Rolling Stone once famously described the Eagles in concert as looking like "five guys loitering on stage," which would just as easily describe Friday's KOL performance were it not for the honorary fifth Followill — sideman/auxiliary multi-instrumentalist bro (and former Luna Halo drummer) Chris Coleman, who rocked out and gestured about as hard as a hired gun can from behind a lead guitarist's amp stack without making shit weird. Anyway, point is, stadium-size stage loitering didn't stop the Eagles from conquering the world, and apparently it can't stop — and won't stop — Kings of Leon's reign either.

Unlike most showmen in the ever-shrinking world of arena-rock gladiators, the Followills don't strive to create an illusion of intimacy onstage. In fact, most of the time they play as if we're not even there watching. The Followills themselves hardly even interact with each other, aside from Caleb and lead guitarist Matthew turning toward the drum riser every once in a while to lean into their axes and signify how much more intense the rawk just got. Meanwhile, Jared Followill has perfected his bassist power stance. The brothers and cousin never move far from their stations, and when they do, it's never with much haste. But in fairness, it's hard to move quickly in leather jackets, plus the word "mechanical" was written right there on our tickets.

At the end of the day, when it comes to putting on a goddamn rock show, Kings of Leon are the most painfully perfunctory performers in the genre. And at this point, even they seem to know it. For the majority of the show, the band members were barely ever in the spotlight, relying instead on a dazzling light show and an IMAX-size video wall projecting arty footage of running horses, doughnutting hot rods and the like, interspersed with effects-bathed images of the band onstage. These images carried the show visually, making the Followills a supporting cast to their own spectacle. What's impressive is that while the Followills don't do much in the way of connecting with the crowd as performers, the music they make still does.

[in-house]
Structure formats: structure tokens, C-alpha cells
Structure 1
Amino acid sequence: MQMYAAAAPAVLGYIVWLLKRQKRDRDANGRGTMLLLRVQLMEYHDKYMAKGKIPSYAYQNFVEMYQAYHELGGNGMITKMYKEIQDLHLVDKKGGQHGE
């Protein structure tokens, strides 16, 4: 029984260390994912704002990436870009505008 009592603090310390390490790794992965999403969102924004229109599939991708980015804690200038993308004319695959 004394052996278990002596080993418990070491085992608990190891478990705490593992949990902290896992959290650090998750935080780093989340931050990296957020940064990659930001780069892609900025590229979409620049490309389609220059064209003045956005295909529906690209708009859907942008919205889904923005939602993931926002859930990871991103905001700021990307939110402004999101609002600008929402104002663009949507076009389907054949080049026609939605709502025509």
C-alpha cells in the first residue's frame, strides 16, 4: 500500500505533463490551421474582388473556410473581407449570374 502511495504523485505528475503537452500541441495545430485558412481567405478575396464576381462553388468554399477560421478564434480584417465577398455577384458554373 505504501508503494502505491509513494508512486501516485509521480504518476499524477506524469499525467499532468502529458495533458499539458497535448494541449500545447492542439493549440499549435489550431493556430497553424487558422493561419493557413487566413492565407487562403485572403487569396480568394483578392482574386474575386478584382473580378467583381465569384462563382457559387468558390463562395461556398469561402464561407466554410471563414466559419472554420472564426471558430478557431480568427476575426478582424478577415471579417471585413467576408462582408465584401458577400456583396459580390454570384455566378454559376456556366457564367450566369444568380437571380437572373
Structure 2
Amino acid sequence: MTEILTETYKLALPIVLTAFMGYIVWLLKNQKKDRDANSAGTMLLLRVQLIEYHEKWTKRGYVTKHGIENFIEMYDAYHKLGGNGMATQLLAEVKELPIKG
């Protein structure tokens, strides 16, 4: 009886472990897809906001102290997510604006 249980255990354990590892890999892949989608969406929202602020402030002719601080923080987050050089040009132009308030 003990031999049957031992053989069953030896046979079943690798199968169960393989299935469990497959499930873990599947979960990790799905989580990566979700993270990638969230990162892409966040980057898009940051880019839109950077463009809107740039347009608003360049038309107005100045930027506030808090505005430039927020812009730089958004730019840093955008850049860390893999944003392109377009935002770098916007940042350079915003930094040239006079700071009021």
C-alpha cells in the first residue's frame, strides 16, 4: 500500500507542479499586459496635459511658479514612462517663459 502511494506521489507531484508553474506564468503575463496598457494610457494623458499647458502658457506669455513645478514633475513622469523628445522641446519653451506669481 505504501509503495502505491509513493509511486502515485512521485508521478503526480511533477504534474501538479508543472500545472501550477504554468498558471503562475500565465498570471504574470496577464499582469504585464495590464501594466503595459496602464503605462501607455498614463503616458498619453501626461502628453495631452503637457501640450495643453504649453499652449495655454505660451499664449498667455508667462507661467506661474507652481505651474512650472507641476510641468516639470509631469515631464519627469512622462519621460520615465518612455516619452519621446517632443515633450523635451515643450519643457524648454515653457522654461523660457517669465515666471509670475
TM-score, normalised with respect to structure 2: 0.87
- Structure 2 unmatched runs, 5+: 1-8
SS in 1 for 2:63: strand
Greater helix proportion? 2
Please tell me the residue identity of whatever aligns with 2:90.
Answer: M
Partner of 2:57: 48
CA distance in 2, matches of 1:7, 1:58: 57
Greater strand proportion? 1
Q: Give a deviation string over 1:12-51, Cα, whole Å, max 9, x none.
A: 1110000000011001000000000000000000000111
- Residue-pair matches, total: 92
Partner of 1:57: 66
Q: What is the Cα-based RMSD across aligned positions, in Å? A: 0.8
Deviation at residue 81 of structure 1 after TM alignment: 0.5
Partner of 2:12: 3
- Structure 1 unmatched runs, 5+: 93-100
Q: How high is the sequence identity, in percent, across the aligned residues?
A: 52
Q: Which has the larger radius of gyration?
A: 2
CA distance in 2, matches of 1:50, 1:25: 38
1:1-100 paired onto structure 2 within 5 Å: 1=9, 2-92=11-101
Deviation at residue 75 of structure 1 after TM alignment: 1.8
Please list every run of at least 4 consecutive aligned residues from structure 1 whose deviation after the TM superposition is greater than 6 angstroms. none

The punch-drunk, party-ready crowd — a mix of casual and diehard fans alike — seemed to love every minute of the show, singing along to both old singles and recent album cuts with Beatlemania-worthy gusto — a true testament to Kings of Leon's staying power and the strength and catchiness of their catalog. Speaking of which, "Back Down South" is straight-up bro country. Seriously, the Followills should've sold that shit to Blake Shelton, while the Mechanical Bull misfire "Rock City," which the band played second, sounds uncomfortably similar to John Mayer's "Waiting on the World to Change." It was a jarring transition coming after the sinister chug of the Because the Times Pixies homage "Charmer," which opened the show. The band played that one while obscured behind a transparent curtain — à la Nine Inch Nails — and back-lit to look like giants while smoky stock footage of a horror-movie scream queen flickered vividly on the towering, stage-spanning video screen.

"Charmer" was one of a handful of vintage, pre-"Sex on Fire" Kings cuts sprinkled throughout the set list, with two of the oldest tunes of the lot — "The Bucket" and "Molly's Chambers," aired back to back — garnering some of the biggest crowd responses of the night, perhaps because they were a welcome shot of up-tempo rock in the midst of a mid-show sea of Southern, Strokes-ified, U2-inspired power ballads. Like last time, stacking too many tepid torch songs like "Pyro," "Beautiful War" and "Cold Desert" into a sludge pile of pensive-into-anthemic samey-ness is a signature Achilles heel for the band when it comes to crafting a piss-break-free set list. Seriously, Kings of Leon, cut a couple of those tunes loose and reintroduce terse chestnuts like "Slow Night, So Long" and "King of the Rodeo," because that's the good shit.

Naturally, the band's power ballad par excellence, the still ubiquitous radio stable "Use Somebody," was the inevitable crowd-pleaser of the pack (not to mention the point at which we started smelling wafting weed smoke), but it wasn't the best moment of the night. They closed the main set with the bend-y Youth and Young Manhood centerpiece "Trani." With Caleb punctuating the song's orgasma-climax with high-pitched possessed shrieks, it was a genuinely great performance. Finally. This is the energy level we wished the band would have started the show with, rather than built up to. The Followills rode that wave of excitement and kept on delivering through a laser-laden three-song encore that, as you'd guess, closed with "Sex on Fire," a song even we'll admit we've reluctantly grown to love over the years.

Caleb's banter throughout the show was characteristically brief, and save for an "It's good to be home" nod or two, the band didn't make much of a fuss over this show being a homecoming. Of course, it is only the second gig of the tour, so they haven't been out of town long. But by the looks of things, Kings of Leon — who are commanding up to $72 a pop for tickets (we know, we paid!) — are back on top of the arena-rock world.

Email thespin@nashvillescene.com.